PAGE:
Tips And Tricks To Figure Out Why Your Car Is Smoking


How to identify why smoke may be coming out of your car's exhaust and what the different colors could indicate.

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Cars may have revolutionized the way we travel and go about completing our day-to-day errands, but for the longest time, smoke has been a sign that something needs to be attended to. Whether it's white exhaust smoke billowing from the tailpipes, or thick clouds of black, this is your vehicle's way of saying it needs some attention.

When it comes to your car, smoke signals a problem with the engine, and this smoke can be a good indicator of where the problem lies if you pay attention to the color. Let's discuss the different causes of engine smoke, differences between gas and diesel engines, as well as what the various colors could be indicating.

Car Is Smoking

Different Types of Smoke and What They Indicate

If there is smoke coming out of your car's engine, then the problem is likely a serious one that will need to be checked by a professional as soon as possible. If the smoke is coming from the car's exhaust, this is an indication that the car is undergoing some sort of stress, though the problem should still be taken just as seriously. There are various reasons for the colored exhaust smoke clouds you may be seeing, so let's look at the most probably causes for each:

Black Exhaust Smoke

Black exhaust smoke is actually quite common and is usually a sign of carbon being emitted, which can occur for a variety of reasons. Firstly, this could indicate that the engine is burning more fuel than it should be, which also means it's consuming fuel too rapidly. There are a few systems that could be at fault here, and you may notice poorer performance from your car at the same time.

What causes black smoke from the car's exhaust outlet?

  • Typically this is due to excess carbon emissions
  • Engine could be burning too much fuel
  • Faulty fuel injectors can result in the excessive injection of fuel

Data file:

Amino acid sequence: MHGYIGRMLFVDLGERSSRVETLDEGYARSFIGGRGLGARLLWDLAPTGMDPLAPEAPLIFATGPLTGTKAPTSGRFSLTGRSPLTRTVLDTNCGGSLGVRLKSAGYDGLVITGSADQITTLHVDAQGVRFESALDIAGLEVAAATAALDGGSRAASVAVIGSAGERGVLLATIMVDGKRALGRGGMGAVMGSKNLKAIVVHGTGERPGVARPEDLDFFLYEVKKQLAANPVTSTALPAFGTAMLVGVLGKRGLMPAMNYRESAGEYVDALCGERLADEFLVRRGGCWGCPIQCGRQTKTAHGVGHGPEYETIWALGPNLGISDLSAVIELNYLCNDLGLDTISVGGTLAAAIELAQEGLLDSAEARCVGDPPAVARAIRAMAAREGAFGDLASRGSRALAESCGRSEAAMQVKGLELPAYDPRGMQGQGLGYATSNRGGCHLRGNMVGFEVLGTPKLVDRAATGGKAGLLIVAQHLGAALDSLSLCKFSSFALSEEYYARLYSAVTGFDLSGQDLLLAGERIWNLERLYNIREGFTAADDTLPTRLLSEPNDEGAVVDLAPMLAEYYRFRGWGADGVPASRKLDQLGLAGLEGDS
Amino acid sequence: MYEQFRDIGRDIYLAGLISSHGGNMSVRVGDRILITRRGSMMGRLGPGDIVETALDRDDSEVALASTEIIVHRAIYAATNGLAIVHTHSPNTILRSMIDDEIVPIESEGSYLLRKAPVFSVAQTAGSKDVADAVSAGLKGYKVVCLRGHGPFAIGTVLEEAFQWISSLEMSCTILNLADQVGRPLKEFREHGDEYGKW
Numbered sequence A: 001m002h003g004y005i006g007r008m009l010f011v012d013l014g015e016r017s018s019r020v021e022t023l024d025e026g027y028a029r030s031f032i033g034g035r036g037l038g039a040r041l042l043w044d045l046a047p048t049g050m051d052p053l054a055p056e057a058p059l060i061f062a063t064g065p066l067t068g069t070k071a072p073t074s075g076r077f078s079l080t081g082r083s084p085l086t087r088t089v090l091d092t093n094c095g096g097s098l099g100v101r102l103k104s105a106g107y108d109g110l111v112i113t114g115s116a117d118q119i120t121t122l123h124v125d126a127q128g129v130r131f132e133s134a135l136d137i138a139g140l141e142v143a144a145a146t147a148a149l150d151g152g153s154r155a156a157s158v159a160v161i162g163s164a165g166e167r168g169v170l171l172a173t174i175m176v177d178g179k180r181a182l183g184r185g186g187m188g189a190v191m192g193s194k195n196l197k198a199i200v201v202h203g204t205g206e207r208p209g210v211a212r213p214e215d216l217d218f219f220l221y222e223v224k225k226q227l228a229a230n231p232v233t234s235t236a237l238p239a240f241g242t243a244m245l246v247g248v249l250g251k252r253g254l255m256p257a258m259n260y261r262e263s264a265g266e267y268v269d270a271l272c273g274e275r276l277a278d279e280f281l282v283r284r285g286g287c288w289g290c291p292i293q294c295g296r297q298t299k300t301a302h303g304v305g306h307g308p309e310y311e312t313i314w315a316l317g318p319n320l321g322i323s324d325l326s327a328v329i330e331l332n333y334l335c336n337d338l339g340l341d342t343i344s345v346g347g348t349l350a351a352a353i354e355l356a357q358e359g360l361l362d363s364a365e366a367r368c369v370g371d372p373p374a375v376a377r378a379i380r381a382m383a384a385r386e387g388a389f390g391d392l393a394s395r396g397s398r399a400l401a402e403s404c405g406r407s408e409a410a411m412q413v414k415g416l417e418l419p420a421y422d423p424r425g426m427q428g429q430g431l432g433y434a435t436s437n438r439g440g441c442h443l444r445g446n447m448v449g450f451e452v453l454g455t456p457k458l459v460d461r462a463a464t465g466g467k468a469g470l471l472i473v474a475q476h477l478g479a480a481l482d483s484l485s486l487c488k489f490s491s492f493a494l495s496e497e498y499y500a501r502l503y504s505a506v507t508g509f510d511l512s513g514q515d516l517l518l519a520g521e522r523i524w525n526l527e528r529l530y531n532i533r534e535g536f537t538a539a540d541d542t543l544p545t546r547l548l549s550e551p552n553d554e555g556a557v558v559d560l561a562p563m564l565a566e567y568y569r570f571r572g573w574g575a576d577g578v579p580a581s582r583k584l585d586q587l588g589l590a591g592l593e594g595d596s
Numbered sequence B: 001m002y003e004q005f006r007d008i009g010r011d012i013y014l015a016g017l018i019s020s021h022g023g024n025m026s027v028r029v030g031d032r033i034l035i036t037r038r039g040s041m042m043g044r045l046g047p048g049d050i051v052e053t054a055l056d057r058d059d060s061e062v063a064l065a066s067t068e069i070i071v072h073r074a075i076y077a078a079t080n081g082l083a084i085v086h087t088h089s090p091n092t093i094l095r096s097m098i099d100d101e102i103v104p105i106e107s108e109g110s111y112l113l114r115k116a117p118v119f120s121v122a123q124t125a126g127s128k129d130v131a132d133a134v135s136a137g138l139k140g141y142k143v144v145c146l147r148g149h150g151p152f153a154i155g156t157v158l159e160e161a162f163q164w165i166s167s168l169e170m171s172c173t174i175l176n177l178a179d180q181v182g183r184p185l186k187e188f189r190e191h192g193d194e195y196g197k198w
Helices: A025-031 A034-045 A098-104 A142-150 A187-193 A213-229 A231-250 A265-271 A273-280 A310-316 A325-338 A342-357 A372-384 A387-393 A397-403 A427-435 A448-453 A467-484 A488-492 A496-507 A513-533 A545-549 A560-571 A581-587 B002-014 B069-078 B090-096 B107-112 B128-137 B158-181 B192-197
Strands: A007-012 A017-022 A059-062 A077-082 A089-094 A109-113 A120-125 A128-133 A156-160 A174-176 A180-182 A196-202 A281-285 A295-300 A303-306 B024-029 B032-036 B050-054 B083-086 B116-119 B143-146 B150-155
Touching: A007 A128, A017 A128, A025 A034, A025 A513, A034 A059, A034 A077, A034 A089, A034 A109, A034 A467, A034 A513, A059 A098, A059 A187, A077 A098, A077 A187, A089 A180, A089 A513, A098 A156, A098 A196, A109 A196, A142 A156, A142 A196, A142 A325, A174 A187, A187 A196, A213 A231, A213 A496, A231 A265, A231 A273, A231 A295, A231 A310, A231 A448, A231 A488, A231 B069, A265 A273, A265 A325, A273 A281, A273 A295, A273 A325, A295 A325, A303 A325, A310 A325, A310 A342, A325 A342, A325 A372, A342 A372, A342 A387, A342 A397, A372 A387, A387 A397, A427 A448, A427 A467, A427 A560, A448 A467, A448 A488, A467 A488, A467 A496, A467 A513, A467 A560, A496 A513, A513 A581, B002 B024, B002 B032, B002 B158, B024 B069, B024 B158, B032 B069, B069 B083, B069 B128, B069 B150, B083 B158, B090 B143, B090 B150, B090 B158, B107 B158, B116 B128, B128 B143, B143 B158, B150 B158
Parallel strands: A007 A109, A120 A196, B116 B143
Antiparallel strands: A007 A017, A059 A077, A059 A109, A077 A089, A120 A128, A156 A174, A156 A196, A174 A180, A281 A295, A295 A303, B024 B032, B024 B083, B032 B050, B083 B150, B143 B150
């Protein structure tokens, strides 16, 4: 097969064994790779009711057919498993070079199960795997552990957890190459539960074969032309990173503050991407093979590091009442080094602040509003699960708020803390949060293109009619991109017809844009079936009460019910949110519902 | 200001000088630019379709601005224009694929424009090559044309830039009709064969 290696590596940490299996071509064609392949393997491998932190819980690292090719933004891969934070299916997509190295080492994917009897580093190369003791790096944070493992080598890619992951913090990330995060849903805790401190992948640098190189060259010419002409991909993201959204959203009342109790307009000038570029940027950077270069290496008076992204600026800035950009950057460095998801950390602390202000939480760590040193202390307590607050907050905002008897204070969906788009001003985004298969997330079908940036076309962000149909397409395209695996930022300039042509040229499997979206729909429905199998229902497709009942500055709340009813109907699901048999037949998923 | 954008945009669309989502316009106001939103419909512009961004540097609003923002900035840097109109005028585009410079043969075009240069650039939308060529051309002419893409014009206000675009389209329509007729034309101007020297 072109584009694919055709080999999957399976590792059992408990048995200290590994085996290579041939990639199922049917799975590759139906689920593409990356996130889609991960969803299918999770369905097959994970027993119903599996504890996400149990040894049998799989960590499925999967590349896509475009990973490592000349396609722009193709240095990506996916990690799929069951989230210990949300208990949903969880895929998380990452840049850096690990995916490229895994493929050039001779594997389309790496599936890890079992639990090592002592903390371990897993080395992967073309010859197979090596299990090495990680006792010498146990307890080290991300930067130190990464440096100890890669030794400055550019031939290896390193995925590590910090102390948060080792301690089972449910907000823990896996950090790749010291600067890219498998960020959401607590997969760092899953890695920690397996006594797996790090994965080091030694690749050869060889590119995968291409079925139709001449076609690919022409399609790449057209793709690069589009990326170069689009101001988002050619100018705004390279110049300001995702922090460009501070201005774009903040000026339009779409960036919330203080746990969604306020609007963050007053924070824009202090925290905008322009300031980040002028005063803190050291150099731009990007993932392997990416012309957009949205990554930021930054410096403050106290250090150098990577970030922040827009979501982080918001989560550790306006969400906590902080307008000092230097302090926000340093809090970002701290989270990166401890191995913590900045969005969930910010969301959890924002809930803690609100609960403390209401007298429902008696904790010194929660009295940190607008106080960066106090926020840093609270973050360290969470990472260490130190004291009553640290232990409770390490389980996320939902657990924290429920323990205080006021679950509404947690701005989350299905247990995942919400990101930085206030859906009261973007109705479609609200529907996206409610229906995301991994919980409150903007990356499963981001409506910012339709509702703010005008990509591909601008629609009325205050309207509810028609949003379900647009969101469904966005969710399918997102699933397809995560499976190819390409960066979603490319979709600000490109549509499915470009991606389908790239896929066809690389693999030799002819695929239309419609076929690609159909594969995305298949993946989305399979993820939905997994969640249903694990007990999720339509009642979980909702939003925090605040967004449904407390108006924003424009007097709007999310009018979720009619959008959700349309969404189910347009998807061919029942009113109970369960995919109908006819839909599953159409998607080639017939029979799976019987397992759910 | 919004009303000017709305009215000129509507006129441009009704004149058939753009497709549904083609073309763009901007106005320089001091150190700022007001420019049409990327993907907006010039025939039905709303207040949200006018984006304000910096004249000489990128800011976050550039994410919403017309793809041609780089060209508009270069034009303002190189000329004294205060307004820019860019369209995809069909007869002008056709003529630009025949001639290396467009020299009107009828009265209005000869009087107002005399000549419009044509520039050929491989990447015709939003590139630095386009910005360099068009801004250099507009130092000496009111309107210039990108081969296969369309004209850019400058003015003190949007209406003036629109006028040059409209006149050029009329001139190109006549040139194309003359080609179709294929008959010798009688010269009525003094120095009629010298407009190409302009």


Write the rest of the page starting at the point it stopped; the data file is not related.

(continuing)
• Dirty or clogged air filters filling the combustion chamber with dirty air
  • A blocked manifold or fault fuel pressure regulator

If the car's air filters are dirty or even clogged, it prevents the combustion chamber from receiving clean air to mix with the fuel. Faulty fuel injectors could also be the cause when supplying too much fuel. Similarly, by giving false pressure readings, faulty sensors can also cause the injection of excess fuel.

This may be a little different if you have a diesel engine. In this case, black or gray smoke could indicate:

Gray Exhaust Smoke

Gray exhaust smoke can be difficult to discern and even more difficult to pin an exact issue to. It can lean more toward being white, or more toward being blue, so finding a potential cause by looking at the color alone may be difficult.

One possible reason could be a broken transmission modulator, which could cause automatic transmission fluid to leak into the engine combustion chambers and be burned. The fluid's main purpose is to keep the car's mechanical components lubricated; however, if there is a leak, the components could dry up. This may lead to severe damage and an expensive repair bill.

Another potential problem could be a broken or jammed valve in the positive crankcase ventilation (PCV) system, which is meant to pump air and gas through tubes into the combustion chamber and regulate emissions.

Lastly, if you have a turbocharger in your car, another cause could be a faulty or failing turbine causing incomplete combustion.

What causes gray smoke from the car's exhaust?

  • A failing turbocharger causing incomplete combustion
  • Auto transmission fluid leaking into the combustion chamber